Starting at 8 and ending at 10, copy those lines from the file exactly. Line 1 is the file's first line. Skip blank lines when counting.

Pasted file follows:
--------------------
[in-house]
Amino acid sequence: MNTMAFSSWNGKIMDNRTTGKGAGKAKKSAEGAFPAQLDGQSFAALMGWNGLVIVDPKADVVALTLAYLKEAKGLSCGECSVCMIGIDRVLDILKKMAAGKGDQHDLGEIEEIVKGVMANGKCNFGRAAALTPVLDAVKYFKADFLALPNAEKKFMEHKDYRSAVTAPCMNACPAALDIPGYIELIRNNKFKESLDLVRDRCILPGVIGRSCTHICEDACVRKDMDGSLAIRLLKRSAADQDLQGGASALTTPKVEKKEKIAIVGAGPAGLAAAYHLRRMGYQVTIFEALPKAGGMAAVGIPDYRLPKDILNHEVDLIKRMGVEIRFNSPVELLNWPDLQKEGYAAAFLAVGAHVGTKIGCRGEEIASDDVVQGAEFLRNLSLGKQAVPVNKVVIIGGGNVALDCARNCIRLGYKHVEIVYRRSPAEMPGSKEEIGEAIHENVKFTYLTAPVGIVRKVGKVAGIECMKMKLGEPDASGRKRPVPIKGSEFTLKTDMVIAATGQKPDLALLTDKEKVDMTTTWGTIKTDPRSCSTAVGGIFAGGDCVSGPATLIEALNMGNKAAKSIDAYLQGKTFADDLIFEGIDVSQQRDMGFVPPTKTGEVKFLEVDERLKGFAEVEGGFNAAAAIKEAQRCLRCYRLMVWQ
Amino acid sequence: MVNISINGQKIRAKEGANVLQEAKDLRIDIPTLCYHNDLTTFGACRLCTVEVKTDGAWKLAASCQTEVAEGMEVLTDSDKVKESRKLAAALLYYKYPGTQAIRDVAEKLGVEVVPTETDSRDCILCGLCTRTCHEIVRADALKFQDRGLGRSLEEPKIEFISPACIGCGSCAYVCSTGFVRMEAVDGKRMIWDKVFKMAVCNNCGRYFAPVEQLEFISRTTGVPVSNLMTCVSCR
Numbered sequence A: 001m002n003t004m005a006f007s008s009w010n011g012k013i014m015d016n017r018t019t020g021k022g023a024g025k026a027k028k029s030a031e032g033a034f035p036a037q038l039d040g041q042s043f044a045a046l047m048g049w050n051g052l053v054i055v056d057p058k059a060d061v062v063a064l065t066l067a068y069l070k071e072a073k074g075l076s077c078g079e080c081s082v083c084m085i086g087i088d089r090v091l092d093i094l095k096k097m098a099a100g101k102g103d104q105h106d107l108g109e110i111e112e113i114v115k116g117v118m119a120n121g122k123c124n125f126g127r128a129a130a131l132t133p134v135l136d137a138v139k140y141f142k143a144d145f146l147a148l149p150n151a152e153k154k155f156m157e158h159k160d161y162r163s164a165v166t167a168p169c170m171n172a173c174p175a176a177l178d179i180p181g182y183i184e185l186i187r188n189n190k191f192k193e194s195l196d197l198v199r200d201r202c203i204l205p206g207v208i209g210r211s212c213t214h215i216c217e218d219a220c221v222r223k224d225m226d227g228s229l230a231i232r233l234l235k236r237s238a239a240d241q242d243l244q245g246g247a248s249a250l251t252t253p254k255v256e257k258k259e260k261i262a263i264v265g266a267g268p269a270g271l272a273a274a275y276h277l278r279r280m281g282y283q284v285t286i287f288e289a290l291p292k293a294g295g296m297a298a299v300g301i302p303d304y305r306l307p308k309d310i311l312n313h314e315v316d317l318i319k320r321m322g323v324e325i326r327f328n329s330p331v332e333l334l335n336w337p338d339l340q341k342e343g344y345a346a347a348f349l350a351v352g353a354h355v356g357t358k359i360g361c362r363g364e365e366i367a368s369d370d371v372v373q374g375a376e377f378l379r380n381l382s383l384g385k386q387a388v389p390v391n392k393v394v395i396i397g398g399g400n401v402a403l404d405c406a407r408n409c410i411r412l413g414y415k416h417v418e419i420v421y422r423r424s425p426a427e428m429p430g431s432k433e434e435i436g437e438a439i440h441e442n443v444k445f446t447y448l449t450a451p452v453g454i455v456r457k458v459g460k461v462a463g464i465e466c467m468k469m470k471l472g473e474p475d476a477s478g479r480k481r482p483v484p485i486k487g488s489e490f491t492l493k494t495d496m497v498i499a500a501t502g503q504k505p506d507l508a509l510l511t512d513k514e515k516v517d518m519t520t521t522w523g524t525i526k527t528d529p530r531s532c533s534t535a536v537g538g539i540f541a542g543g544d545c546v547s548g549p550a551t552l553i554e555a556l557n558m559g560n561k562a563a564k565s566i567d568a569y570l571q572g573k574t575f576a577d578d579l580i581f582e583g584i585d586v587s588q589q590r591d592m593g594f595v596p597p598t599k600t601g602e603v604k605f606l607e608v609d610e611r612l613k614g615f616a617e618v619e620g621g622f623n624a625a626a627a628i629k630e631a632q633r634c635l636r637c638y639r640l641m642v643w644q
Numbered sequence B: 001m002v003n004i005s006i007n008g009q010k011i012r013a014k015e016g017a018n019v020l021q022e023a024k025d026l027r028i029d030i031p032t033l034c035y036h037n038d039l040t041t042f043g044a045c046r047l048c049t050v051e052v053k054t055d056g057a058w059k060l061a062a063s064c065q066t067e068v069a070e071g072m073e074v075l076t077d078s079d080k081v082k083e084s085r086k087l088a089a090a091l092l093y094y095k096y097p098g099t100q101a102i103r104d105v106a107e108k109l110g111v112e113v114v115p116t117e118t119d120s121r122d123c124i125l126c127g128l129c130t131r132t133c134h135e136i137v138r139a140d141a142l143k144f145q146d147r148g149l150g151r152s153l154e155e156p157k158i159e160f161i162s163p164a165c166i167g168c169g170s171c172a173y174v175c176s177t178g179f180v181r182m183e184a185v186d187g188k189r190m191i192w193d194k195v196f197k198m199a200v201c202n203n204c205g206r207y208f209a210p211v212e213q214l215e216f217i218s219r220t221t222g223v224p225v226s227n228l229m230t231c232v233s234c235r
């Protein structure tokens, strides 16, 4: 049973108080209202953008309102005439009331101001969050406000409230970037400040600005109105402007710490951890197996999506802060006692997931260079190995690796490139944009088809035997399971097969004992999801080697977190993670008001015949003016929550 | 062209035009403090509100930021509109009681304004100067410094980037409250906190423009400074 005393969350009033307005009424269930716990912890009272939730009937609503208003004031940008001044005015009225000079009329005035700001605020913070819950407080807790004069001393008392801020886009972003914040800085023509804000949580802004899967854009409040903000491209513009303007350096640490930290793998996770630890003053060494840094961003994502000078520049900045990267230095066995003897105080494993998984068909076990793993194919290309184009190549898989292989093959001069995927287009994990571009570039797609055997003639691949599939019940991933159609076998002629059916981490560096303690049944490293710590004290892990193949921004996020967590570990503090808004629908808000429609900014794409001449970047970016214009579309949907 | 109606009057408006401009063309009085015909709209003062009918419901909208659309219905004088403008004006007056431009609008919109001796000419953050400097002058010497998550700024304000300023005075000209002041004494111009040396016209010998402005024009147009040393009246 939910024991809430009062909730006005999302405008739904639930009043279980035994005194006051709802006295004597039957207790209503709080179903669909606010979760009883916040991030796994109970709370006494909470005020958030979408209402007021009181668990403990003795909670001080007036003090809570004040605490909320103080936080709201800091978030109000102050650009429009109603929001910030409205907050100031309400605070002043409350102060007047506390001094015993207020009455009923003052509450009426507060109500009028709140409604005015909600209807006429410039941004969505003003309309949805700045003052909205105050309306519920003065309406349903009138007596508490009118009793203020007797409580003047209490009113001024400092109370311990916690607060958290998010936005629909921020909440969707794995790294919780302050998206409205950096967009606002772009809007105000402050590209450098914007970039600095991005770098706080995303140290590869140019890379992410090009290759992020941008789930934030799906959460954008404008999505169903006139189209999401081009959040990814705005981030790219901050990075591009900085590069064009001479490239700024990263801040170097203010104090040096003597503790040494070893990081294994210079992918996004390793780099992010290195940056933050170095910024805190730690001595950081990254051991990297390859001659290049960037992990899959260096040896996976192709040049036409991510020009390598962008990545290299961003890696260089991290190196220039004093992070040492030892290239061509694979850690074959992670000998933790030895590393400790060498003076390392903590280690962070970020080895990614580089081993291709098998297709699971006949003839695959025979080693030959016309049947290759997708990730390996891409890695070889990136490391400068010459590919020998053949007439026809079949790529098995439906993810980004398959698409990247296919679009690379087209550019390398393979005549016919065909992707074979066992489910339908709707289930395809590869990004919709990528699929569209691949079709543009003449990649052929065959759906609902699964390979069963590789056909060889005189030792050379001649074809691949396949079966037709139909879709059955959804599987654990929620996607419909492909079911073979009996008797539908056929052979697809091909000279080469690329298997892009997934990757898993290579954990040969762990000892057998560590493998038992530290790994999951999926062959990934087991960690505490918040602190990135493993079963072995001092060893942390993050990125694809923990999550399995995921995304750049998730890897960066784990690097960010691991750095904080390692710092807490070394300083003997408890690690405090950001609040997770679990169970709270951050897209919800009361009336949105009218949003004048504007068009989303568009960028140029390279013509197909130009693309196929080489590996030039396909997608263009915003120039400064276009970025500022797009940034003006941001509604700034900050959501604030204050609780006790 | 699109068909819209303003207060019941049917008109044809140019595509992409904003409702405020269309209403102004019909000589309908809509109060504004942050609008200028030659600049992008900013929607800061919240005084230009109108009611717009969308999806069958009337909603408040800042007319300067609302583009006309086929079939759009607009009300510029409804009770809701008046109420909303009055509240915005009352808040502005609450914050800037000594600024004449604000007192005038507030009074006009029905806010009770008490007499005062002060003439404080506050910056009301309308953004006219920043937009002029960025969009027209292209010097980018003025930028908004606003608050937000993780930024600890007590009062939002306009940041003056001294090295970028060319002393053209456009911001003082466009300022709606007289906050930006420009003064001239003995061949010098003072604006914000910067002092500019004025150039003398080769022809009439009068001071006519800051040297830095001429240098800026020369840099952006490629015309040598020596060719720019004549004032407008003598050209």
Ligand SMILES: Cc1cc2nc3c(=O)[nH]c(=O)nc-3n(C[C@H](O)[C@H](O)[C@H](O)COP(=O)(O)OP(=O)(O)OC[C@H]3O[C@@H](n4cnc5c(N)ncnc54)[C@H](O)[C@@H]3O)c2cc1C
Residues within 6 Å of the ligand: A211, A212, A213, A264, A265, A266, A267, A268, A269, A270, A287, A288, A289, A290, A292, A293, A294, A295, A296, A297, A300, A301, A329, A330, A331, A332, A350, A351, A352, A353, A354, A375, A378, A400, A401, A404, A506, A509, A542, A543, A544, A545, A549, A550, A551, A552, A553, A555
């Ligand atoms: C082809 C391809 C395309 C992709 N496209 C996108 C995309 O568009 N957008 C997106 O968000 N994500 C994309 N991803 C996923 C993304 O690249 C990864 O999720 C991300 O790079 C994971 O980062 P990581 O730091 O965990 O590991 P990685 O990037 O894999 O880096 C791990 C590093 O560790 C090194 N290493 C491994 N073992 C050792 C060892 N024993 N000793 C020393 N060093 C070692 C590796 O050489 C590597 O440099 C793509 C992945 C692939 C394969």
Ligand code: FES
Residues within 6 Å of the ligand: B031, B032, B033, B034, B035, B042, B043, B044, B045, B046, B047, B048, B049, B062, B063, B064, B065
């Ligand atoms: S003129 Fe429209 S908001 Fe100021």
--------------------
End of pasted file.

Residues within 6 Å of the ligand: A211, A212, A213, A264, A265, A266, A267, A268, A269, A270, A287, A288, A289, A290, A292, A293, A294, A295, A296, A297, A300, A301, A329, A330, A331, A332, A350, A351, A352, A353, A354, A375, A378, A400, A401, A404, A506, A509, A542, A543, A544, A545, A549, A550, A551, A552, A553, A555
């Ligand atoms: C082809 C391809 C395309 C992709 N496209 C996108 C995309 O568009 N957008 C997106 O968000 N994500 C994309 N991803 C996923 C993304 O690249 C990864 O999720 C991300 O790079 C994971 O980062 P990581 O730091 O965990 O590991 P990685 O990037 O894999 O880096 C791990 C590093 O560790 C090194 N290493 C491994 N073992 C050792 C060892 N024993 N000793 C020393 N060093 C070692 C590796 O050489 C590597 O440099 C793509 C992945 C692939 C394969």
Ligand code: FES